Explaining the difference between hybrid cars and EVs

What's the difference between hybrid cars and EVs?

29 March 2023 Electric and Hybrid Vehicles

What's the difference between Hybird versus EV Cars

What's the difference between hybrid cars and EVs?

Gone are the days of just petrol or diesel fuelled vehicles for Kiwis to buy, instead there are now alternative power vehicles to choose from. In 2022, more New Zealanders bought non-traditional powered vehicles than ever before, due in part to high petrol and diesel prices and the continuing bonus of the Government’s Clean Car Discount. 

The result is an electrifying trend in the new and used vehicle markets. The two main alternatives dominating sales last year were hybrid or electric vehicles (EVs) and that trend is set to continue in 2023. But what are the differences between a hybrid and an electric vehicle? It’s how each is powered, with a hybrid switching seamlessly between electric energy and a blend of petrol and electric power, while an EV runs on battery power alone. Out of the two, it’s hybrid cars that are the most popular in New Zealand.

What's the big deal about hybrids?

Hybrids sold in New Zealand are popular largely due to the fact they produce great fuel economy, and this is thanks to the engine set up. They combine a conventional petrol engine with an electric propulsion system called the hybrid vehicle drivetrain, which sends power to the driving wheels. Depending on the driving (such as at low speed in the city), the electric system is used, saving you on petrol.

So, why should you buy a hybrid? With fuel economy figures of on average 3/7litres per 100km, a hybrid helps you meet your fuel budget. With that, it’s no surprise that new and used hybrids make up for 42 percent of all vehicles sold in 2022. And it’s no surprise that one model stands out – the Toyota Prius.

Launched in 1997 globally, the Prius was the first first mass-produced hybrid car. As of September 2022, the Prius ranked as the world's top selling hybrid car with five million units sold. While the first Prius to be sold here were New Zealand new, soon Japanese used imports provided a strong option for Kiwis wanting a hybrid at a cheaper price. The Prius was joined by the used import Toyota Aqua small hatchback hybrid, which became so popular that it was the top selling second-hand hybrid sold in 2022, ahead of the Prius.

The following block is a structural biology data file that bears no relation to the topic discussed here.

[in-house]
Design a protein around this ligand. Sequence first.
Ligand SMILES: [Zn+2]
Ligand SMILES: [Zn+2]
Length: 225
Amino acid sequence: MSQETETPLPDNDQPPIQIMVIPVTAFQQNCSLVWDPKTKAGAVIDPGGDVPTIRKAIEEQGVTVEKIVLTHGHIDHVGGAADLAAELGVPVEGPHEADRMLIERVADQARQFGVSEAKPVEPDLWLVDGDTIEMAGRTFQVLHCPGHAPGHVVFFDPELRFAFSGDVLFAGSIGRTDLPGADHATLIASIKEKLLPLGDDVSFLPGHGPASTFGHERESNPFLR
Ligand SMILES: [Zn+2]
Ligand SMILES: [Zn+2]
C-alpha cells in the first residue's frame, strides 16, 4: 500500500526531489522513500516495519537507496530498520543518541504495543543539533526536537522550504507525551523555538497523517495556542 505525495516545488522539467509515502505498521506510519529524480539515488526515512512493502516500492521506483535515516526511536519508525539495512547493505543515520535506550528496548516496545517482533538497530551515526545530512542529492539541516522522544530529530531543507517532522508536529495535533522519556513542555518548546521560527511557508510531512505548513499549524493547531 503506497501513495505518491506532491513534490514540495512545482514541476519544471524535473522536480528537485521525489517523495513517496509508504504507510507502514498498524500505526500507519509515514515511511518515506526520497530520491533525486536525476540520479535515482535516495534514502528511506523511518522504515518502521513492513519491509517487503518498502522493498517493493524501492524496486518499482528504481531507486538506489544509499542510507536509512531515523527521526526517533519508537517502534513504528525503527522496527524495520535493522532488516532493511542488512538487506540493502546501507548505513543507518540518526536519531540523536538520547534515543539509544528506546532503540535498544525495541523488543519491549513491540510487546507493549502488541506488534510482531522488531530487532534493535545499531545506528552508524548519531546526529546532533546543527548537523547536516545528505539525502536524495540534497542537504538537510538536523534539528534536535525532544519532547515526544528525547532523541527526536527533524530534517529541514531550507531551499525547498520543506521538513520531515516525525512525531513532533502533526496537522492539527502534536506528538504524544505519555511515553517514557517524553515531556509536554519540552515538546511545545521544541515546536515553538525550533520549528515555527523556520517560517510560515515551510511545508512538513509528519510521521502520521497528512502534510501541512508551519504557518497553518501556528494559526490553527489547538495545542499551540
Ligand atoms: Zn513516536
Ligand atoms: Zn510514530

Also in the hybrid mix for Kiwi consumers is the Toyota C-HR small SUV while the second-hand Honda Vezel (also known as the Honda HR-V) is a family favourite due to it being a medium-sized SUV. Also a favourite in the Honda family is the second-hand hybrid hatchback, the Honda Fit (also known as the Jazz).

Toyota Aqua

2017 Toyota Aqua Hybrid

Driving an electric car

To many New Zealanders, the electric car (EV) is still a futuristic vehicle, but they have soared in popularity from just 100 sold in 2013 when the first ones were available here, to over 47,000 new and used electric cars bought by Kiwis last year.

It was Mitsubishi’s tiny two-seater hatchback i-MiEV that was the first electric car sold in New Zealand, but you have to thank the Nissan Leaf for converting Kiwis to the future. The compact five-door Nissan Leaf hatchback was first launched globally in 2010 but it’s the second generation model that made it a hero for electric vehicles in New Zealand. That’s due to the fact that generation one had an electric range of 117 km while the latest one has a more practical limit of 364 km.

And what is electric range? Well, that’s how far you can travel before you have to plug it in to recharge, be it at your home via three-point plug, a wall unit at home, or a public charging station.

Nissan Leaf Electric Car

2018 Nissan Leaf Electric Car

A third option, Plug-in Electric Vehicle (PHEVs)

The Plug-in Electric Vehicle (PHEV) is a popular alternative for the pure electric vehicle; it gives you a range of electric but the backup of a petrol engine – so you don’t need to worry about range anxiety. Range anxiety? What’s that? It’s when you have 50 kms left on your electric battery but you have 60 kms until you arrive at your destination. Turning off the air con and setting the EV to eco power will sort that out, but it’s still a nervous drive until you can plug in.

And talking of plugging in, lets look at the number of PHEVs available now. More and more car brands are adding PHEVs to their line-up as the bridge between hybrids and full electric vehicles. 

The most popular PHEV here is the Mitsubishi Outlander, a large SUV that's been winning customers since it was first launched in New Zealand.

The New Zealand new Outlander is the top selling PHEV while second-hand versions of the PHEV are sought-after thanks to its electric range of up to 84 kms. Considering the average daily commute for New Zealanders is 15km one way, that’s a lot of driving before you have to plug it it to recharge it.

Mitsubishi Outlander PHEV

2014 Mitsubishi Outlander PHEV Hybrid

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